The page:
The iShares Russell 1000 Value ETF (IWD) and the Vanguard Small-Cap Value Index Fund ETF Shares (VBR) are both among the Top 100 ETFs. IWD is a iShares Large Value fund and VBR is a Vanguard Small Value fund. So, what’s the difference between IWD and VBR? And which fund is better?
The expense ratio of IWD is 0.12 percentage points higher than VBR’s (0.19% vs. 0.07%). IWD also has a higher exposure to the financial services sector and a lower standard deviation. Overall, IWD has provided lower returns than VBR over the past ten years.
In this article, we’ll compare IWD vs. VBR. We’ll look at annual returns and fund composition, as well as at their holdings and risk metrics. Moreover, I’ll also discuss IWD’s and VBR’s performance, portfolio growth, and industry exposure and examine how these affect their overall returns.
|Name||iShares Russell 1000 Value ETF||Vanguard Small-Cap Value Index Fund ETF Shares|
|Category||Large Value||Small Value|
The iShares Russell 1000 Value ETF (IWD) is a Large Value fund that is issued by iShares. It currently has 54.1B total assets under management and has yielded an average annual return of 11.40% over the past 10 years. The fund has a dividend yield of 1.57% with an expense ratio of 0.19%.
The Vanguard Small-Cap Value Index Fund ETF Shares (VBR) is a Small Value fund that is issued by Vanguard. It currently has 48.08B total assets under management and has yielded an average annual return of 12.28% over the past 10 years. The fund has a dividend yield of 1.6% with an expense ratio of 0.07%.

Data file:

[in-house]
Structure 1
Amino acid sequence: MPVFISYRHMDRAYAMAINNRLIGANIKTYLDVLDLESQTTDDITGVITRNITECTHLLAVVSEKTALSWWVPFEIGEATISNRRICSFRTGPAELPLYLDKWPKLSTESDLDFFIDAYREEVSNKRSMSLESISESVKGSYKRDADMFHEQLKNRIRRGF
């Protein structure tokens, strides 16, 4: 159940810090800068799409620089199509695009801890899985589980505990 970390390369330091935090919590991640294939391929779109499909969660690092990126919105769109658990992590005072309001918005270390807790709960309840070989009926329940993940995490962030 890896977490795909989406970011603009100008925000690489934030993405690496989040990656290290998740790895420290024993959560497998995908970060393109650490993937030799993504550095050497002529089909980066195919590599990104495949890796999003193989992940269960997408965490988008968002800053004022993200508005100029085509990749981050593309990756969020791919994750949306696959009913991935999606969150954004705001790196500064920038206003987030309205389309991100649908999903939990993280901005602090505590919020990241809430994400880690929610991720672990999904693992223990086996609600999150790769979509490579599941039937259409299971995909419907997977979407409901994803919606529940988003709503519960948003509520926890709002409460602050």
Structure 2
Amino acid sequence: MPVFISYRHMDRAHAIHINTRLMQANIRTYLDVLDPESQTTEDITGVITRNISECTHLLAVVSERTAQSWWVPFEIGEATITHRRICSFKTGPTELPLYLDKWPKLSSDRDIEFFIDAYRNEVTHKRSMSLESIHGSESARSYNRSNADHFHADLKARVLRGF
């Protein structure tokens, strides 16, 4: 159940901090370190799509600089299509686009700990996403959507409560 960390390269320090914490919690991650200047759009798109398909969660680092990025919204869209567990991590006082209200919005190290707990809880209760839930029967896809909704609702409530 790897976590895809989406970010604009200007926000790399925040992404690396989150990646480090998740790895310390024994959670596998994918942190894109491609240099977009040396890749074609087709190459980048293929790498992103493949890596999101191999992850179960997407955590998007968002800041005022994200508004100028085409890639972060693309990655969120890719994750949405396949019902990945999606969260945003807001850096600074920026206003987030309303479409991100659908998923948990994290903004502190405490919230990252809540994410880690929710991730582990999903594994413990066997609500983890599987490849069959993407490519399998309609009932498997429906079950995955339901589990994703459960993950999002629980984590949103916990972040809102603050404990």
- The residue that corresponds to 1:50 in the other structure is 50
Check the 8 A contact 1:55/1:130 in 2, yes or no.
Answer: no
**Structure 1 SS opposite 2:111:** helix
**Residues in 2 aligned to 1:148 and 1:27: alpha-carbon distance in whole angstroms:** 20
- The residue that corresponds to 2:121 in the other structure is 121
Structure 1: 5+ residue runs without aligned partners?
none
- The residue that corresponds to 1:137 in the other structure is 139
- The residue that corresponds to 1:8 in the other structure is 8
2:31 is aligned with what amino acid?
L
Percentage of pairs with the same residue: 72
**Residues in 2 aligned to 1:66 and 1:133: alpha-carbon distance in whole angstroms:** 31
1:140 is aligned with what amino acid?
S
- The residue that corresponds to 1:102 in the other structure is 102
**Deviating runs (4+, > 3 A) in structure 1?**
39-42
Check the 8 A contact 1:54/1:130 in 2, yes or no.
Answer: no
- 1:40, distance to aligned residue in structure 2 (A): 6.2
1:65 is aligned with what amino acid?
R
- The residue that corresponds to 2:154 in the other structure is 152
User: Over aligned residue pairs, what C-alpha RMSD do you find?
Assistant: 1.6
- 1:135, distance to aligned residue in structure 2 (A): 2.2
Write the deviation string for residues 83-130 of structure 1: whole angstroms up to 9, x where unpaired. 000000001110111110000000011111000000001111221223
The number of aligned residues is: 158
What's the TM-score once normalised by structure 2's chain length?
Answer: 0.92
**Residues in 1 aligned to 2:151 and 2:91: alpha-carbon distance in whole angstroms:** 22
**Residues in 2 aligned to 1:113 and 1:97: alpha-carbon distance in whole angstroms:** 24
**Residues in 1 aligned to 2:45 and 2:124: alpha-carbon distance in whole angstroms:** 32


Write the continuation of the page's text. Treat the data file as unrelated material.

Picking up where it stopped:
IWD’s dividend yield is 0.03% lower than that of VBR (1.57% vs. 1.6%). Also, IWD yielded on average 0.88% less per year over the past decade (11.40% vs. 12.28%). The expense ratio of IWD is 0.12 percentage points higher than VBR’s (0.19% vs. 0.07%).
The iShares Russell 1000 Value ETF (IWD) has the most exposure to the Financial Services sector at 20.43%. This is followed by Healthcare and Industrials at 17.78% and 11.77% respectively. Energy (4.76%), Utilities (4.88%), and Real Estate (4.94%) only make up 14.58% of the fund’s total assets.
IWD’s mid-section with moderate exposure is comprised of Consumer Cyclical, Consumer Defensive, Communication Services, Technology, and Industrials stocks at 5.62%, 7.76%, 8.67%, 10.28%, and 11.77%.
The Vanguard Small-Cap Value Index Fund ETF Shares (VBR) has the most exposure to the Financial Services sector at 20.04%. This is followed by Industrials and Consumer Cyclical at 18.44% and 13.82% respectively. Utilities (3.65%), Consumer Defensive (4.36%), and Energy (5.15%) only make up 13.16% of the fund’s total assets.
VBR’s mid-section with moderate exposure is comprised of Basic Materials, Healthcare, Technology, Real Estate, and Consumer Cyclical stocks at 6.31%, 7.16%, 8.39%, 10.92%, and 13.82%.
IWD is 0.39% more exposed to the Financial Services sector than VBR (20.43% vs 20.04%). IWD’s exposure to Healthcare and Industrials stocks is 10.62% higher and 6.67% lower respectively (17.78% vs. 7.16% and 11.77% vs. 18.44%). In total, Energy, Utilities, and Real Estate also make up 5.14% less of the fund’s holdings compared to VBR (14.58% vs. 19.72%).
|Berkshire Hathaway Inc Class B||2.58%|
|JPMorgan Chase & Co||2.25%|
|Johnson & Johnson||2.24%|
|UnitedHealth Group Inc||1.78%|
|Procter & Gamble Co||1.71%|